Creatinine Levels in Cats

Updated November 21, 2016

Creatinine in cats is a chemical waste product that is produced by normal muscle metabolism. Creatinine is produced by creatine, which is the major energy source for muscles. Creatinine is filtered from the body by the kidneys; creatinine levels in a cat's blood are used to measure kidney function.

Normal creatinine levels

Because muscle mass in a cat's body remains fairly constant from day to day, the creatinine levels in the blood remain fairly constant as well. A normal creatinine for cats is .6 to 2.4 mg/dl.

Elevated Creatinine Levels

When a cat's kidneys are unable to flush out toxins at a normal rate, the creatinine level in the blood will be higher. Levels from 2.4 to 5.0 mg/dl are indicative of kidney disease; levels above 5.0 mg/dl signify complete kidney failure.


Your veterinarian will draw a blood sample from your cat and perform a serum blood panel. This test will measure the creatinine level as well as BUN (blood urea nitrogen), phosphorus, potassium and sodium levels. Your vet may also perform a urinalysis. The results of these tests will help determine the severity of the kidney disease and assist is designing treatment for your cat.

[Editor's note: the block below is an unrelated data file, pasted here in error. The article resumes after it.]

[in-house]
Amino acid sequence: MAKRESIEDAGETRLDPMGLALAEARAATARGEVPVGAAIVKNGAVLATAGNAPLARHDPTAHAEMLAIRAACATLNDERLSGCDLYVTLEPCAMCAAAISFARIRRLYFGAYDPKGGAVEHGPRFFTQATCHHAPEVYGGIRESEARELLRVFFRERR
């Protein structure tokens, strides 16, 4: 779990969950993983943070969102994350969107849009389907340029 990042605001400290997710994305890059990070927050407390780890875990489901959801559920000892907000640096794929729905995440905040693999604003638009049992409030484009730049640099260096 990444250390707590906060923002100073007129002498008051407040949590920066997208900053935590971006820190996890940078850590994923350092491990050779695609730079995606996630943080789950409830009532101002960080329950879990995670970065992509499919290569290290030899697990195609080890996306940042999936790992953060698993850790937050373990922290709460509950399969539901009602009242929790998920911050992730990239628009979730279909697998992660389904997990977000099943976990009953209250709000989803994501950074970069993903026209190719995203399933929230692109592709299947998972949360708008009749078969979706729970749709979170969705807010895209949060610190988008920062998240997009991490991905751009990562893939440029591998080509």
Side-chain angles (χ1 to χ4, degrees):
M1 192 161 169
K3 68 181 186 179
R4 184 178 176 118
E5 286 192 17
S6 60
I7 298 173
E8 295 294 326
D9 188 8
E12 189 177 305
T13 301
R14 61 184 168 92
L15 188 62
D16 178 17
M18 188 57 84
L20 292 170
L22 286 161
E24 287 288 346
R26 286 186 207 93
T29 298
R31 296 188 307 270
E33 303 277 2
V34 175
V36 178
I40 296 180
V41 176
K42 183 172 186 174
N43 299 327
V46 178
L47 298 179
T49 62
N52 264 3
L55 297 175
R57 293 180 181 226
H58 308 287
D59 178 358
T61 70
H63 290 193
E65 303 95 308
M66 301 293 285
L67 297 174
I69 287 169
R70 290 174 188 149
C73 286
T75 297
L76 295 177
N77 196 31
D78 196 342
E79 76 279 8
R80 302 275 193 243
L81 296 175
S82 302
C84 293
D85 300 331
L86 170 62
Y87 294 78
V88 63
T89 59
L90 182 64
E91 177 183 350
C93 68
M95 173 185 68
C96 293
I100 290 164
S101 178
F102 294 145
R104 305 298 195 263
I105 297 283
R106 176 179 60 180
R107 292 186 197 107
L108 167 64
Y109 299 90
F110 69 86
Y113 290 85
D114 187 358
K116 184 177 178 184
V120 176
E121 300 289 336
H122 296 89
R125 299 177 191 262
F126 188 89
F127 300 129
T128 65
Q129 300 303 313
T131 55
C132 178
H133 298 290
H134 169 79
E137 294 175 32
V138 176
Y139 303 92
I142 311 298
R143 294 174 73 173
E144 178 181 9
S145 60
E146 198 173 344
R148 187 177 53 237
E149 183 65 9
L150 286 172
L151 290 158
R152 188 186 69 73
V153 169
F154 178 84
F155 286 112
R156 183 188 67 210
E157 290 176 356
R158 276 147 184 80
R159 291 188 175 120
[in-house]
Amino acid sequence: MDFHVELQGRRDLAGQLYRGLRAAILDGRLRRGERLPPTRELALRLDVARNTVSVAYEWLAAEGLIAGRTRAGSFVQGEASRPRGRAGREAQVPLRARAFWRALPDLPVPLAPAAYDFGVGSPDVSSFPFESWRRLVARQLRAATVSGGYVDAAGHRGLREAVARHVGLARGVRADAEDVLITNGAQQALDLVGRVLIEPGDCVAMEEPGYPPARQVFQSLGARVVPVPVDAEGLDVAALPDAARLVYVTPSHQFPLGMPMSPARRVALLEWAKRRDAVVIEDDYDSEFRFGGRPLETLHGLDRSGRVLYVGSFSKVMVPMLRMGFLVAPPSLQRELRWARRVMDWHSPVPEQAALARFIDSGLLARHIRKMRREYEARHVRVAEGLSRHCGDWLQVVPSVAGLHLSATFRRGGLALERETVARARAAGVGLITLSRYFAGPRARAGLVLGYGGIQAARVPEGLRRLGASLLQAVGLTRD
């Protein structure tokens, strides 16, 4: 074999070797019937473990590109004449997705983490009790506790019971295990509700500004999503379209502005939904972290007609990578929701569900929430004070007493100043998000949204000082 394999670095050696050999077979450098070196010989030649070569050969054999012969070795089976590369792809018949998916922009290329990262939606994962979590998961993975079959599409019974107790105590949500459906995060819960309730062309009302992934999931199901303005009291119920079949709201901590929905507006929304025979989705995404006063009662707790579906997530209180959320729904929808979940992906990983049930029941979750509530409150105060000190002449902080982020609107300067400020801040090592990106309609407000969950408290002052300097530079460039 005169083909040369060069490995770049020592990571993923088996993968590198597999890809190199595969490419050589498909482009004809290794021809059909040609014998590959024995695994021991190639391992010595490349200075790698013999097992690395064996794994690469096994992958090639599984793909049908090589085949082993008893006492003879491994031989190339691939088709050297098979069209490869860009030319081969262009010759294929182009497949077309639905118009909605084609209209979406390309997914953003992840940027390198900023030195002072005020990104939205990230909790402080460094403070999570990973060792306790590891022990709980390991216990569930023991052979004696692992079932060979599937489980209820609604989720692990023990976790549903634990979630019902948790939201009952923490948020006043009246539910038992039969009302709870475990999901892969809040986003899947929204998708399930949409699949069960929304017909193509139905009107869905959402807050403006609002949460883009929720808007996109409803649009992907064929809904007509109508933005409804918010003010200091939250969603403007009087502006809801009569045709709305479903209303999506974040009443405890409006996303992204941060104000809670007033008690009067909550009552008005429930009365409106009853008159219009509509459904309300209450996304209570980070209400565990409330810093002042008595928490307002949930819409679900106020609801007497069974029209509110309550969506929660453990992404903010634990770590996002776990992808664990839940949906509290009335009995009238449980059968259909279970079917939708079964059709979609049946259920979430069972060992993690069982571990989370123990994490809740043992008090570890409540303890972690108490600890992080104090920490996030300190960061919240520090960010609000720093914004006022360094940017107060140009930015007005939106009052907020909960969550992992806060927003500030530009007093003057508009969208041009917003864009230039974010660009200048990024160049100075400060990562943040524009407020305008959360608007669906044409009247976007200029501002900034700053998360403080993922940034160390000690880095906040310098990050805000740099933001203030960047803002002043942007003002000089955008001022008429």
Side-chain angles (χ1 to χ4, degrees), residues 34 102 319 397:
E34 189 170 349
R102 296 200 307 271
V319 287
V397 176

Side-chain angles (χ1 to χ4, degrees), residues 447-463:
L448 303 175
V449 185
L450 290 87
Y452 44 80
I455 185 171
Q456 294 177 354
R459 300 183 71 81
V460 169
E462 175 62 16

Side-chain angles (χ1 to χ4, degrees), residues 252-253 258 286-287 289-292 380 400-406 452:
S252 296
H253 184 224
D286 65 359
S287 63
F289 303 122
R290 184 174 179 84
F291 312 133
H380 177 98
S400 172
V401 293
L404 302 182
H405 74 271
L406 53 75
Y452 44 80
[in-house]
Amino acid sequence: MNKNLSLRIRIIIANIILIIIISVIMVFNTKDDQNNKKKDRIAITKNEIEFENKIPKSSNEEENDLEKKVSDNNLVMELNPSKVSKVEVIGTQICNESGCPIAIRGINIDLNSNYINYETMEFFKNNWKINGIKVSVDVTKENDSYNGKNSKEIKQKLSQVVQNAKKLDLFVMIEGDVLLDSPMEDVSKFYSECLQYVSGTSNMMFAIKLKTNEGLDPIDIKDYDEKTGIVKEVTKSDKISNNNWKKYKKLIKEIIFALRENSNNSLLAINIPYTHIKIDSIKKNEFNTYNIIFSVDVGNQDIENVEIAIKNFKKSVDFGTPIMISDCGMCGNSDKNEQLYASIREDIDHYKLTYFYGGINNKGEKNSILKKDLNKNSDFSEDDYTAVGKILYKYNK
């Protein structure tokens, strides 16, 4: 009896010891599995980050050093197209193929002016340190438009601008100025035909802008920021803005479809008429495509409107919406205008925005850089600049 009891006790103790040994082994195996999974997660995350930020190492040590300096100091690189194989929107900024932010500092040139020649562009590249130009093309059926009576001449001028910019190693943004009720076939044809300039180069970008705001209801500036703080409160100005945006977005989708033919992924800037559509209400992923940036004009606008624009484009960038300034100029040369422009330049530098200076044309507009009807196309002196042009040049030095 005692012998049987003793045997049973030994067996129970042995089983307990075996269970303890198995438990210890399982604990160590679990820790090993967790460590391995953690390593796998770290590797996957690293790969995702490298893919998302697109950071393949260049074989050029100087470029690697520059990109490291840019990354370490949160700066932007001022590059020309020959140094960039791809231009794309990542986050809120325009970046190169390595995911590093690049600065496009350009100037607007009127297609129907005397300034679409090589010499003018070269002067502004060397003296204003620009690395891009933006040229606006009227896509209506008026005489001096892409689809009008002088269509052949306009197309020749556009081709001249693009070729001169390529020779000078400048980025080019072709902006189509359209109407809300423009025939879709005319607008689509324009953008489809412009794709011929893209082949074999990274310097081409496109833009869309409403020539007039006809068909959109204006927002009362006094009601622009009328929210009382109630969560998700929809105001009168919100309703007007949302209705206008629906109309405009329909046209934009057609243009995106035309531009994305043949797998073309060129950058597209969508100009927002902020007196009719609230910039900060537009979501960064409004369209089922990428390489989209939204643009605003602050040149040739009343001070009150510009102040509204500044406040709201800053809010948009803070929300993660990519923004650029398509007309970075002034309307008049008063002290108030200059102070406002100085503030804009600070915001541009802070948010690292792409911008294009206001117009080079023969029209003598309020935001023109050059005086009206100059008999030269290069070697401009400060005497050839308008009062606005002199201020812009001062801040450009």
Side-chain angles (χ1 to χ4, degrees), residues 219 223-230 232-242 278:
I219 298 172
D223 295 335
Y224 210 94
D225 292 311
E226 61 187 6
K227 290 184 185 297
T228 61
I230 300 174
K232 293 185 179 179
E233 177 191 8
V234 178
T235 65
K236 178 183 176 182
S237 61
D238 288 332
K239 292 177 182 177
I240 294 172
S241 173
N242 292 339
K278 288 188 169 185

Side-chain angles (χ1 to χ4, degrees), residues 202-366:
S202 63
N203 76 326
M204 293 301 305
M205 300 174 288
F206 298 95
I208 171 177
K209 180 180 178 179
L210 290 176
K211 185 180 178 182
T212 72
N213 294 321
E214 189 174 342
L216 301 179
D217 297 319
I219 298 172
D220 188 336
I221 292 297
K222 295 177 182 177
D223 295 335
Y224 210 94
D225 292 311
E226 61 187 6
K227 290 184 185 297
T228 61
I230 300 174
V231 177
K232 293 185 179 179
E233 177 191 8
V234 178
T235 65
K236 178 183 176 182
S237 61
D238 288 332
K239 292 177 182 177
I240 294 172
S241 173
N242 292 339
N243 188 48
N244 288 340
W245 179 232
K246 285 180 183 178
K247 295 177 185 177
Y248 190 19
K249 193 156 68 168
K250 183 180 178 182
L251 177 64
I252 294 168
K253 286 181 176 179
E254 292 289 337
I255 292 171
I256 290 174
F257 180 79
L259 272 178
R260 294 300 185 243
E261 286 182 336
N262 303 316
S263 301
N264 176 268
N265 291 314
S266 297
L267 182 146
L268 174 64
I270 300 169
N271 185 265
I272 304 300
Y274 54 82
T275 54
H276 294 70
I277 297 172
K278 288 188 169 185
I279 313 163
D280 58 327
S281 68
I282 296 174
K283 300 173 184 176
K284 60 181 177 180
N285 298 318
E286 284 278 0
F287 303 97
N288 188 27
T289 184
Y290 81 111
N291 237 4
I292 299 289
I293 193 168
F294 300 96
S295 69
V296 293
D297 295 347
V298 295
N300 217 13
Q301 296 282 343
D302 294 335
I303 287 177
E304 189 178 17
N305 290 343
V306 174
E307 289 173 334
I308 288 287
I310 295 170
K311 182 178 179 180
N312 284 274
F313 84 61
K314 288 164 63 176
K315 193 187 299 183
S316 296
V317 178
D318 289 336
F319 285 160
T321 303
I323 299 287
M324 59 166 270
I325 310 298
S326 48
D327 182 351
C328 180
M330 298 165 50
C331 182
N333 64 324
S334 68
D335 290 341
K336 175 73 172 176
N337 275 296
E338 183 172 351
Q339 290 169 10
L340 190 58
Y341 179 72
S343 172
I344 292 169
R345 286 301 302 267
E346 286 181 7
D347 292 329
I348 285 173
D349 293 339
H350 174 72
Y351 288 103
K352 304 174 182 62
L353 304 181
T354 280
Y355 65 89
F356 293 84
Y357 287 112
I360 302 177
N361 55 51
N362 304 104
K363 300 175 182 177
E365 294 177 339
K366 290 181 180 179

Many things can cause an elevated creatinine level in cats, including congenital diseases, abnormalities of the kidneys, hypertension, diabetes, certain medications, and toxins such as antifreeze. The most common reason for an elevated creatinine level in cats is age-related chronic kidney failure.


Depending on the reason that a cat's creatinine levels are elevated, treatment would include removing the toxin from the body, treating the underlying disease and flushing the kidneys with a large amount of intravenous fluids. If the cause of the elevated creatinine level is chronic kidney disease in your cat, there is no cure. The goal is to manage the animal's disease through diet and fluid therapy.


If the elevated creatinine levels are caused by toxins, and treatment is started immediately, your cat may recover. However, even with aggressive treatment, much of the time acute kidney disease is fatal. In cases of chronic kidney disease, the goal is to reduce the workload on your cat's kidneys. With a special diet and regular fluid therapy, your cat can live for many more months, or even years.

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